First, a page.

Innovations spanning food supplies, medical records and PPE manufacture were today included in the final three awards made by Mozilla from its COVID-19 Solutions Fund. The Fund was established at the end of March by the Mozilla Open Source Support Program (MOSS), to offer up to $50,000 each to open source technology projects responding to the COVID-19 pandemic. In just two months, the Fund received 163 applicants from 30 countries and is now closed to new applications.
OpenMRS is a robust, scalable, user-driven, open source electronic medical record system platform currently used to manage more than 12.6 million patients at over 5,500 health facilities in 64 countries. Using Kenya as a primary use case, their COVID-19 Response project will coordinate work on OpenMRS COVID-19 solutions emerging from their community, particularly “pop-up” hospitals, into a COVID-19 package for immediate use.
This package will be built for eventual re-use as a foundation for a suite of tools that will become the OpenMRS Public Health Response distribution. Science-based data collection tools, reports, and data exchange interfaces with other key systems in the public health sector will provide critical information needed to contain disease outbreaks. The committee approved an award of $49,754.
Open Food Network offers an open source platform enabling new, ethical supply chains. Food producers can sell online directly to consumers and wholesalers can manage buying groups and supply produce through networks of food hubs and shops. Communities can bring together producers to create a virtual farmers’ market, building a resilient local food economy.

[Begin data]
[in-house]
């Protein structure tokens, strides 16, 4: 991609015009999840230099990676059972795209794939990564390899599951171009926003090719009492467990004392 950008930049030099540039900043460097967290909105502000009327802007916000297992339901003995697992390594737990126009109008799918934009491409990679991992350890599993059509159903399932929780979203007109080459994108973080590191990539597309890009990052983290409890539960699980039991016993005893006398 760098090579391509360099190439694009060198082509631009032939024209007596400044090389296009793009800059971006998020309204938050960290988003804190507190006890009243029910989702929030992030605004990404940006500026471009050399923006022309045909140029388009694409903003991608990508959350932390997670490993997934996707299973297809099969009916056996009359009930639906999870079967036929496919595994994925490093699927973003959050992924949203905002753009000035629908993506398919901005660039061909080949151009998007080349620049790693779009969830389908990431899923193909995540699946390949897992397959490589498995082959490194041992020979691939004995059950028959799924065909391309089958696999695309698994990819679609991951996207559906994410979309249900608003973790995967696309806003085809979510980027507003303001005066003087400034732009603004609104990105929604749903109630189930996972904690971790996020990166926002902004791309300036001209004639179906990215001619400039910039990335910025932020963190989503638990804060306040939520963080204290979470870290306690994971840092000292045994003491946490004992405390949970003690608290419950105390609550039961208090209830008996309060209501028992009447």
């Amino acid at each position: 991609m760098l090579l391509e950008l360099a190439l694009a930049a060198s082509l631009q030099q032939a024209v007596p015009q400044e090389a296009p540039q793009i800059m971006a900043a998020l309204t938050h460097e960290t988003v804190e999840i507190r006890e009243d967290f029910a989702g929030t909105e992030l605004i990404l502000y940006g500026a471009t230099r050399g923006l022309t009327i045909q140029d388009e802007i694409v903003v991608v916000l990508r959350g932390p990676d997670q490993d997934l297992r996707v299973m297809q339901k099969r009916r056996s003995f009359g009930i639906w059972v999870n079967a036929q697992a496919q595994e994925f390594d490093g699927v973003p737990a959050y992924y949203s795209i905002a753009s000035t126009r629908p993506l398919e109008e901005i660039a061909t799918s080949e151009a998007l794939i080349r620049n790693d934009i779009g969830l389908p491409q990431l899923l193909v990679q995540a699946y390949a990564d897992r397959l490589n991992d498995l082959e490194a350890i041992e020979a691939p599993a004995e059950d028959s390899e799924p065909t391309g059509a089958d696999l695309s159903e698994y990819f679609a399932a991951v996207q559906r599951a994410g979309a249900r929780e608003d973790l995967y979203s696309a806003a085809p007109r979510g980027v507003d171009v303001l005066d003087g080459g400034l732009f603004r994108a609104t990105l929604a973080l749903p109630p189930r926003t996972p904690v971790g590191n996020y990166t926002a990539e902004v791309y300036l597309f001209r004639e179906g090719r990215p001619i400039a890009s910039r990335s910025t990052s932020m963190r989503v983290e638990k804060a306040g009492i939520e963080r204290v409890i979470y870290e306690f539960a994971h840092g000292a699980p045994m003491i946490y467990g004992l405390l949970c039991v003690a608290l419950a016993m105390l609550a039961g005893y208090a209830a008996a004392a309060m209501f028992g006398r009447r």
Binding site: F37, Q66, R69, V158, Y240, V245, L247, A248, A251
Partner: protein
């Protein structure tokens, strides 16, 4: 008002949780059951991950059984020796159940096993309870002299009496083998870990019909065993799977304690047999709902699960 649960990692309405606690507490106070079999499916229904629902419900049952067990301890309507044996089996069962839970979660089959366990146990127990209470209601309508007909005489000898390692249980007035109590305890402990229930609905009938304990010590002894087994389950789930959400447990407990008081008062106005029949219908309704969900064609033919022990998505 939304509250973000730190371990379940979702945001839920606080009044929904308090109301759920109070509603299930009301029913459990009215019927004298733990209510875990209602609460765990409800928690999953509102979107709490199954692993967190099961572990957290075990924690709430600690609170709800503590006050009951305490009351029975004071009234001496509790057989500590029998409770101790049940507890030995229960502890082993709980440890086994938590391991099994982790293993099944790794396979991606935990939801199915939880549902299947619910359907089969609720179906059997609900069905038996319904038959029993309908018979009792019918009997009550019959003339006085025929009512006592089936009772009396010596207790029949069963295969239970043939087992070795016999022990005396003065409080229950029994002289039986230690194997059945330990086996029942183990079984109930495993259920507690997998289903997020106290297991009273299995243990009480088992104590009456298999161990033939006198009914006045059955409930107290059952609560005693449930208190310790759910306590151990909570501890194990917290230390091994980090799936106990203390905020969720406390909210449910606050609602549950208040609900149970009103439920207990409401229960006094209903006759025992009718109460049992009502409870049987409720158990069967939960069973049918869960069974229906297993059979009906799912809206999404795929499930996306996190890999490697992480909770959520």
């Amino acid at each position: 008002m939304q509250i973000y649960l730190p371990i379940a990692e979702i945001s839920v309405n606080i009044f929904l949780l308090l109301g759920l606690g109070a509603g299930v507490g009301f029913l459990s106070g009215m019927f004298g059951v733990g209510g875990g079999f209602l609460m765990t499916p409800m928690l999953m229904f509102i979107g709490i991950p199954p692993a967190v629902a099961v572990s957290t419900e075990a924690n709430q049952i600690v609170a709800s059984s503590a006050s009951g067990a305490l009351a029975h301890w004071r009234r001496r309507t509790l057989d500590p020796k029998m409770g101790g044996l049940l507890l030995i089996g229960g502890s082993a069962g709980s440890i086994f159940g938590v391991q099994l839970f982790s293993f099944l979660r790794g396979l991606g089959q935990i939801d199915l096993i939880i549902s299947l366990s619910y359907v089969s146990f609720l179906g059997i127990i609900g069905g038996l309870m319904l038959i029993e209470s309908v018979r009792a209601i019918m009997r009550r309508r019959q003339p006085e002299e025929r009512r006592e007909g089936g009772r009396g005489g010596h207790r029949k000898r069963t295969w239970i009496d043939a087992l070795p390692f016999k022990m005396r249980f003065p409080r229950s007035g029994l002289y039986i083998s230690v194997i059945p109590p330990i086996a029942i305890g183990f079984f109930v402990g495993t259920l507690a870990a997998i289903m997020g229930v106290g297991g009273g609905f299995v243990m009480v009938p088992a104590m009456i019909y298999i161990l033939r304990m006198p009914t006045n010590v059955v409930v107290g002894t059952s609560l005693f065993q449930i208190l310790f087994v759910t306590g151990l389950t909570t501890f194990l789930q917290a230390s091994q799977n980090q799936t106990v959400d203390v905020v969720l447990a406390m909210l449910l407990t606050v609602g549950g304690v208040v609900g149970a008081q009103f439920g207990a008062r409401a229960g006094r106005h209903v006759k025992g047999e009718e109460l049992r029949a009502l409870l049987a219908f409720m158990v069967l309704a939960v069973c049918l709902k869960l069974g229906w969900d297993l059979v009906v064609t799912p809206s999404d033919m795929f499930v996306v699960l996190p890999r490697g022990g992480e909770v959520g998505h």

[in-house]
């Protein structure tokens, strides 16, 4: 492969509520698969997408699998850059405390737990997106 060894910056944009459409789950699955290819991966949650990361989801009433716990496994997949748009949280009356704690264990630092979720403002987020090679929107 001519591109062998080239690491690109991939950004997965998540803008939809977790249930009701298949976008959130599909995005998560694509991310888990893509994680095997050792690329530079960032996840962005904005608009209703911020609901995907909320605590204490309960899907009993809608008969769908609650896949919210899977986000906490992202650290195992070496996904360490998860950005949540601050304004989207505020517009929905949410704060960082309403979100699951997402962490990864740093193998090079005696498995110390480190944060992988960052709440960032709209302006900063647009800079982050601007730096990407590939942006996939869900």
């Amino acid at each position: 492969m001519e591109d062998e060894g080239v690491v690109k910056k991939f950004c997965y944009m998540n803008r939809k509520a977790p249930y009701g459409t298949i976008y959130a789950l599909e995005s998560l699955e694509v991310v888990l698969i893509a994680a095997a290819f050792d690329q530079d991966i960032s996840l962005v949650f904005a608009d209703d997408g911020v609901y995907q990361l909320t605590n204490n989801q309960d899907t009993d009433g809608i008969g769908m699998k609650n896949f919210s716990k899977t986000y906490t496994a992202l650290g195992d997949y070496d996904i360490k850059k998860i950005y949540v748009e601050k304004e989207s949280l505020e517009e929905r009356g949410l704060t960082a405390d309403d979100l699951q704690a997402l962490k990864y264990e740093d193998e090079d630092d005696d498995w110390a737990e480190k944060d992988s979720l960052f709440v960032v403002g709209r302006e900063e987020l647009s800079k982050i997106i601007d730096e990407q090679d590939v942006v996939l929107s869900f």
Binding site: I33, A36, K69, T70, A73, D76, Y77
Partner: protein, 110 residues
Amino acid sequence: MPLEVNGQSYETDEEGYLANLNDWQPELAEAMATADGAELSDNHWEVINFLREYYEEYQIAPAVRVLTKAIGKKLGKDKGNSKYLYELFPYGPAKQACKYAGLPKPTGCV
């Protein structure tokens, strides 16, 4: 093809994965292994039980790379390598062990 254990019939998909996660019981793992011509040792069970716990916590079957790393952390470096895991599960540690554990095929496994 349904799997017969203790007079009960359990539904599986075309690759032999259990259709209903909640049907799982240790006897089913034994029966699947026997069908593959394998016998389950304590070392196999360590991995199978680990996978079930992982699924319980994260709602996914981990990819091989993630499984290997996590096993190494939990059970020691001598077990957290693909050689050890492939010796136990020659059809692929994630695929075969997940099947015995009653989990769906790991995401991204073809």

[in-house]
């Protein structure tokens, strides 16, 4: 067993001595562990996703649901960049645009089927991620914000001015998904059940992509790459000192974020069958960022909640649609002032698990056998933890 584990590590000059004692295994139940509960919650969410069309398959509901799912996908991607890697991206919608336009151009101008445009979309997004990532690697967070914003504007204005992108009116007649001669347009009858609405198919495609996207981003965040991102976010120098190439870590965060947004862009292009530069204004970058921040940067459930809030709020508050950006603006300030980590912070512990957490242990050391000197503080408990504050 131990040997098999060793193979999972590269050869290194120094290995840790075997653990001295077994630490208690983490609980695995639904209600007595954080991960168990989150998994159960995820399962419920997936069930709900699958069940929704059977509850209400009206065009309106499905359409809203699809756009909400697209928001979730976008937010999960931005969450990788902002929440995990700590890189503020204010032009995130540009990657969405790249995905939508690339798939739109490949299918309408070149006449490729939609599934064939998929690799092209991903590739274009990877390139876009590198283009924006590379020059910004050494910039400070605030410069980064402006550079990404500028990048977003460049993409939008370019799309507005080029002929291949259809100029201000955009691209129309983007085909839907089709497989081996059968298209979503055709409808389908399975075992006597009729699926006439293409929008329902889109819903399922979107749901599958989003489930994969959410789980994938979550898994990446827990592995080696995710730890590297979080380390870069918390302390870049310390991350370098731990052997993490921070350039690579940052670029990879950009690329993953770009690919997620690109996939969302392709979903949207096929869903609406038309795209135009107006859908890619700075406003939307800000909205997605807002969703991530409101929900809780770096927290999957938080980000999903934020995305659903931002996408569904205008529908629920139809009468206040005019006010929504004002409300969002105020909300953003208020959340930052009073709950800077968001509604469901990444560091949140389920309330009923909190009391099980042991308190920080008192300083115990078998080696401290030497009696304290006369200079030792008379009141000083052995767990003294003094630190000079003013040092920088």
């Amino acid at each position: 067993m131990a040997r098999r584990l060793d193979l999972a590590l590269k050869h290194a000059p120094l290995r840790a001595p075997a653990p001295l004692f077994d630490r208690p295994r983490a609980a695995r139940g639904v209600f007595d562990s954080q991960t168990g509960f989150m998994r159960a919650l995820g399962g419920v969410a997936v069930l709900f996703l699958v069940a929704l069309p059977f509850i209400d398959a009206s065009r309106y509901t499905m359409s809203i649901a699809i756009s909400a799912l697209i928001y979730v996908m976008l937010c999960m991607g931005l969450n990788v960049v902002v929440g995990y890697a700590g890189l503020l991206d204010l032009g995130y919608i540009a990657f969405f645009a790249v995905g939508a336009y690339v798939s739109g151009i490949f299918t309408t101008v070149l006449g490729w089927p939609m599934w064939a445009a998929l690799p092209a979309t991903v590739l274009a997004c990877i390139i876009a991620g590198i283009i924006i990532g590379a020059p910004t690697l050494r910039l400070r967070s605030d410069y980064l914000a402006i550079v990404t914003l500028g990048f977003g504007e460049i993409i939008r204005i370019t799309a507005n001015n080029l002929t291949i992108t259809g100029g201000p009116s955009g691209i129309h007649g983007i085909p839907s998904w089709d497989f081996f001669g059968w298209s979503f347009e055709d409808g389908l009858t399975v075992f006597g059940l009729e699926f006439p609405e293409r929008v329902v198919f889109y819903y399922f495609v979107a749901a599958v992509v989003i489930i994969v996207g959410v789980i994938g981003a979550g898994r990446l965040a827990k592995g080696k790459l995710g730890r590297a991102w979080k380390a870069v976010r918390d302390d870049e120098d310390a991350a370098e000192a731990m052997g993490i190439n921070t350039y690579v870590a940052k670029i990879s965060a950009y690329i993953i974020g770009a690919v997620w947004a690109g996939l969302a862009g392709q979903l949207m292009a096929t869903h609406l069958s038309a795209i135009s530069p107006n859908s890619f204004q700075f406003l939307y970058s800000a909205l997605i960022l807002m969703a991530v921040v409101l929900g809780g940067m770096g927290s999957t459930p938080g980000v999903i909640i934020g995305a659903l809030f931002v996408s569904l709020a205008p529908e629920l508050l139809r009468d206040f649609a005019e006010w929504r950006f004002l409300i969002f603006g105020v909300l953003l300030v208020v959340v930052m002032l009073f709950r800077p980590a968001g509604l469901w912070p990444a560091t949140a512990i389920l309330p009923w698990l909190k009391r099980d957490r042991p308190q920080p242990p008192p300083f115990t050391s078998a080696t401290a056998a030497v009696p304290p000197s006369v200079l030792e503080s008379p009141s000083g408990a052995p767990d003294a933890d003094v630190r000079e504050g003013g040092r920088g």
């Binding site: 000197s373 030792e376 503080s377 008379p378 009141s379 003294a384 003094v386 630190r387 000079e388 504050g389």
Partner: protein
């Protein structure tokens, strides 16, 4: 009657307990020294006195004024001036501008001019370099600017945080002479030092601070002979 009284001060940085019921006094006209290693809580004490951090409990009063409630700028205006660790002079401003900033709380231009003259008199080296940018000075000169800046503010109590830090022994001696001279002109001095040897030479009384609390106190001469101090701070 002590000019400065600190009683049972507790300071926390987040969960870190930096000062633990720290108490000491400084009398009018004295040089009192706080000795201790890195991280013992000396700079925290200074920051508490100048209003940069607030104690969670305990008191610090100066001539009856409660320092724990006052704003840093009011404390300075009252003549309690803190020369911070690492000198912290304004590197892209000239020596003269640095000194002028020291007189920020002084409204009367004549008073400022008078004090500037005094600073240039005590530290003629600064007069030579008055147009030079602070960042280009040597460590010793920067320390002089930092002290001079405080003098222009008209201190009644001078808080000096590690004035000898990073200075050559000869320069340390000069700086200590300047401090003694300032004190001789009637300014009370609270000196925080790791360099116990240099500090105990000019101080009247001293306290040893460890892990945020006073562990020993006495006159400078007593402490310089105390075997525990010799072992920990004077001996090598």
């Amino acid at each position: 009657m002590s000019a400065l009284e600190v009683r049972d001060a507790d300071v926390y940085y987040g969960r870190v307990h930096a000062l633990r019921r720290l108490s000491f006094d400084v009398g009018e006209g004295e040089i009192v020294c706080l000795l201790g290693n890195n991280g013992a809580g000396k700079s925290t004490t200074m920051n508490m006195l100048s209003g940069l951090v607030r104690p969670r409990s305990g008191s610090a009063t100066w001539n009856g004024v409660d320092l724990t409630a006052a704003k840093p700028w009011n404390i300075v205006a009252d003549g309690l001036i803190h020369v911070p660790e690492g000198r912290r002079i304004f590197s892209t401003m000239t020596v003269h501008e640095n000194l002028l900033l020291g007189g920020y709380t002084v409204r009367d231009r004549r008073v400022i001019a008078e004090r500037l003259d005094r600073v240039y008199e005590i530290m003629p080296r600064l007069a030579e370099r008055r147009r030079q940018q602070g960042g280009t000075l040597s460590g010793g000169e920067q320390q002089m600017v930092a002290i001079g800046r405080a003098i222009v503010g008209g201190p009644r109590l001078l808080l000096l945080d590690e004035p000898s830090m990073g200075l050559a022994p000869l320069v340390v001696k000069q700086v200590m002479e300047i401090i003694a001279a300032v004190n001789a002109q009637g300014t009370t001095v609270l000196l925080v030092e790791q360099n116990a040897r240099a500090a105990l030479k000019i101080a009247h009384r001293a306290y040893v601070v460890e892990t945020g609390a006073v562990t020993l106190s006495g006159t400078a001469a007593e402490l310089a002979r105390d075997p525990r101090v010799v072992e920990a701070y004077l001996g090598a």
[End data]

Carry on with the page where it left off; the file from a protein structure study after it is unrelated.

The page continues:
At a time when supply chains are being disrupted around the world — resulting in both food waste and shortages — they’re helping to get food to people in need. Globally, the Open Food Network is currently deployed in India, Brazil, Italy, South Africa, Australia, the UK, the US and five other countries. They plan to use their award to extend to ten other countries, build tools to allow vendors to better control inventory, and scale up their support infrastructure as they continue international expansion. The Committee approved a $45,210 award.
Careables Casa Criatura Olinda in northeast Brazil is producing face shields for local hospitals based on an open source design. With their award, they plan to increase their production of face shields as well as to start producing aerosol boxes using an open source design, developed in partnership with local healthcare professionals.
Outside of North American ICUs, many hospitals cannot maintain only one patient per room, protected by physical walls and doors. In such cases, aerosol boxes are critical to prevent the spread of the virus from patient to patient and patient to physician. Yet even the Brazilian city of Recife (population: 1.56 million), has only three aerosol boxes. The Committee has approved a $25,000 award and authorized up to an additional $5,000 to help the organization spread the word about their aerosol box design.
“Healthcare has for too long been assumed to be too high risk for open source development. These awards highlight how critical open source technologies are to helping communities around the world to cope with the pandemic,” said Jochai Ben-Avie, Head of International Public Policy and Administrator of the Program at Mozilla. “We are indebted to the talented global community of open source developers who have found such vital ways to put our support to good use.”
Information on the first three recipients from the Fund can be found here.